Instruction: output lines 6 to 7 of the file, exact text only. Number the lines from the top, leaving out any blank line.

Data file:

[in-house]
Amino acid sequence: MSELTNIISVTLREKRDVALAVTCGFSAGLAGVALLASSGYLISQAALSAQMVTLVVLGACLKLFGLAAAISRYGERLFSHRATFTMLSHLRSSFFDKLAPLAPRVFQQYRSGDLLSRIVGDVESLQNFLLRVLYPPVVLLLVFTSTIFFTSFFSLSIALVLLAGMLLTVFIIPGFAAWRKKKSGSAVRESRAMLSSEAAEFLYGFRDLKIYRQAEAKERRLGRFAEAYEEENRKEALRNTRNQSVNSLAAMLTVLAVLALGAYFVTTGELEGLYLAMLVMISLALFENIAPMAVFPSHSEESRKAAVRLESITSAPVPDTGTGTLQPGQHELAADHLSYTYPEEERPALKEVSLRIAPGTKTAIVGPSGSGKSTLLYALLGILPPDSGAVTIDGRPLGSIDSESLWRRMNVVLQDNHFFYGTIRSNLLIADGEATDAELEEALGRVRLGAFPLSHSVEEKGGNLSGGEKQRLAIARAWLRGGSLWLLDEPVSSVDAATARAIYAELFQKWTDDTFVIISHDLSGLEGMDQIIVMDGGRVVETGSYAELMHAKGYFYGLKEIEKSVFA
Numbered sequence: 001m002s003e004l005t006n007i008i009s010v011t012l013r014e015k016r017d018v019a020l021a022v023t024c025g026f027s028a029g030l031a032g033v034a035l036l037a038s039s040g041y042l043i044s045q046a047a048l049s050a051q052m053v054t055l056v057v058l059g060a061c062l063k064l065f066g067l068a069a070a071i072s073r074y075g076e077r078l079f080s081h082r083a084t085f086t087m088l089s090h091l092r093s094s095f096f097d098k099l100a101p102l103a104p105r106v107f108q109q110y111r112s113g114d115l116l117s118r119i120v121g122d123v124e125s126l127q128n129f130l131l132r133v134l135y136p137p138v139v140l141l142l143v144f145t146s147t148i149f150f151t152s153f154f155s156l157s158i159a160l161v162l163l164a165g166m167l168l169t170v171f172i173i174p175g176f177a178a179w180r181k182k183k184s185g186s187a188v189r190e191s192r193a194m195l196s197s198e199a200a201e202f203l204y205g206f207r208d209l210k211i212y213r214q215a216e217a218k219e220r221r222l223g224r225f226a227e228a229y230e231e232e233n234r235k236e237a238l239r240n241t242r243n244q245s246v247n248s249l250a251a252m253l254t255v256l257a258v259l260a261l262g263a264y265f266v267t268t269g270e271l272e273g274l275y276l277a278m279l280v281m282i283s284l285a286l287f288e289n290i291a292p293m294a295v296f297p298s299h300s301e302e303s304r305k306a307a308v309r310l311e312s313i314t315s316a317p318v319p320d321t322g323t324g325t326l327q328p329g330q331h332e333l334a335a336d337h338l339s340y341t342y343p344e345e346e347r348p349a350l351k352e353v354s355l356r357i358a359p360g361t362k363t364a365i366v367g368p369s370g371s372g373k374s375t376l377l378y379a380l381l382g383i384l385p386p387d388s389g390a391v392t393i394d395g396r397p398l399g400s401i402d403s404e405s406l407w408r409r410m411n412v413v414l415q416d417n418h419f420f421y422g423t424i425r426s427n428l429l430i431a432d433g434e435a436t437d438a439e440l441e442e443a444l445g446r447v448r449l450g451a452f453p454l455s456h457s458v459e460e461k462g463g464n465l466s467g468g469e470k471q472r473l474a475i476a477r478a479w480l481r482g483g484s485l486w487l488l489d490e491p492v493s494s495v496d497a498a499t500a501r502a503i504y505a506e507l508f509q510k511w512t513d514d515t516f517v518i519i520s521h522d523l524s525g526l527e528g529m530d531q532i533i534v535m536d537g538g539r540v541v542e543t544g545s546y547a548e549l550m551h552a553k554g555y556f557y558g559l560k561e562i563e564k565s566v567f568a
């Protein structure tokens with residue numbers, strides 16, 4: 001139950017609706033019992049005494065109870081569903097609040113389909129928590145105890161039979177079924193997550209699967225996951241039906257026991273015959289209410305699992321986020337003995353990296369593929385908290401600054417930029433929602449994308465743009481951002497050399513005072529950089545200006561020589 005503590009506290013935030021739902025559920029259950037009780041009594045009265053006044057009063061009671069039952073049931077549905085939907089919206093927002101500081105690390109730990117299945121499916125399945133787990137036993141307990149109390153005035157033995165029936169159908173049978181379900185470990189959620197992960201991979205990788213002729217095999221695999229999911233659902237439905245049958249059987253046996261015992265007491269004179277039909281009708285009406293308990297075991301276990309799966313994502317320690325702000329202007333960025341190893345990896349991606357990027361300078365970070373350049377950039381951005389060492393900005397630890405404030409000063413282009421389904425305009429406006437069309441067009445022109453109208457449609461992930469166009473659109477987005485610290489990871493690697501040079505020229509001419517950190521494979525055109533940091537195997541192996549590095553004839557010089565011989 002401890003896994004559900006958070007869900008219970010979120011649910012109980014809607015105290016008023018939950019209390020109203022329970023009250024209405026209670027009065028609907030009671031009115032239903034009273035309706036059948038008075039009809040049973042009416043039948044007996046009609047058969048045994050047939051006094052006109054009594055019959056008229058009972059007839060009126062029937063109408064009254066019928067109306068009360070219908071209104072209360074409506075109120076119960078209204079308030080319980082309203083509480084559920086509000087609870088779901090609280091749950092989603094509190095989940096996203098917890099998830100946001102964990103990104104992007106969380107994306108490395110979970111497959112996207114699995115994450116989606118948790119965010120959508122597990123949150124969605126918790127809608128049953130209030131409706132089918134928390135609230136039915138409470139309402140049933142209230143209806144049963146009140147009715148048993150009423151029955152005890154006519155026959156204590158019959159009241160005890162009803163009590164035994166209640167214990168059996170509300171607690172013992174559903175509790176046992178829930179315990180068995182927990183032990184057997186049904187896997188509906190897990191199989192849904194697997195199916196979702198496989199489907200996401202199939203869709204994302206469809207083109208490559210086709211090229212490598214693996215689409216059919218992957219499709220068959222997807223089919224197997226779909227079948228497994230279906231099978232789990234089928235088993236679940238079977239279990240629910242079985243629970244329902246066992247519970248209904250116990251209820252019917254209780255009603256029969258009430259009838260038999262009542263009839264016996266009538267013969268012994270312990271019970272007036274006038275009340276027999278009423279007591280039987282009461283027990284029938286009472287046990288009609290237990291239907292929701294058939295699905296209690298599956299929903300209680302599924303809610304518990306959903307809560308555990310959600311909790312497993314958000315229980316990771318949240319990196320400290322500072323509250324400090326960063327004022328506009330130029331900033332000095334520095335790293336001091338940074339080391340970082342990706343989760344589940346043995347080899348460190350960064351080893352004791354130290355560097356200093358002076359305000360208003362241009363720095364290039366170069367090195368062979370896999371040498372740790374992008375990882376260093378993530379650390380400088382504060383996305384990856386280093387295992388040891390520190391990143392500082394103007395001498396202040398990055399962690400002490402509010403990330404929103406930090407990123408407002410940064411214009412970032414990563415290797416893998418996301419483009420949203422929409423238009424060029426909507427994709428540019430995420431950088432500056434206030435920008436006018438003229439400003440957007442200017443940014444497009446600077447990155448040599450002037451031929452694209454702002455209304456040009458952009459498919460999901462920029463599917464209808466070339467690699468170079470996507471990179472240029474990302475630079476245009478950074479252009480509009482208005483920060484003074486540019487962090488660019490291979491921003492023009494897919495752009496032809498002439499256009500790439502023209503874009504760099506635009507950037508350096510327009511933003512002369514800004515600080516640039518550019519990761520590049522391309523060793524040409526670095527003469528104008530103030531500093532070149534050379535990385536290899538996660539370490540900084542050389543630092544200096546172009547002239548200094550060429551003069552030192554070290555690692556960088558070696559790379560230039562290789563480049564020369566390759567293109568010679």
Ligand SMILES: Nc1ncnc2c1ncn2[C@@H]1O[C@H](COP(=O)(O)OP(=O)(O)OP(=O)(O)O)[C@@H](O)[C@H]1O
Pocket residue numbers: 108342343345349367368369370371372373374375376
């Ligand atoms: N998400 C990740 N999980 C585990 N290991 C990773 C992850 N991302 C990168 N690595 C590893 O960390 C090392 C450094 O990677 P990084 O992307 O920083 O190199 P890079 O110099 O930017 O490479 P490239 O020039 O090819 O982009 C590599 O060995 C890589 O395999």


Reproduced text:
Pocket residue numbers: 108342343345349367368369370371372373374375376
């Ligand atoms: N998400 C990740 N999980 C585990 N290991 C990773 C992850 N991302 C990168 N690595 C590893 O960390 C090392 C450094 O990677 P990084 O992307 O920083 O190199 P890079 O110099 O930017 O490479 P490239 O020039 O090819 O982009 C590599 O060995 C890589 O395999």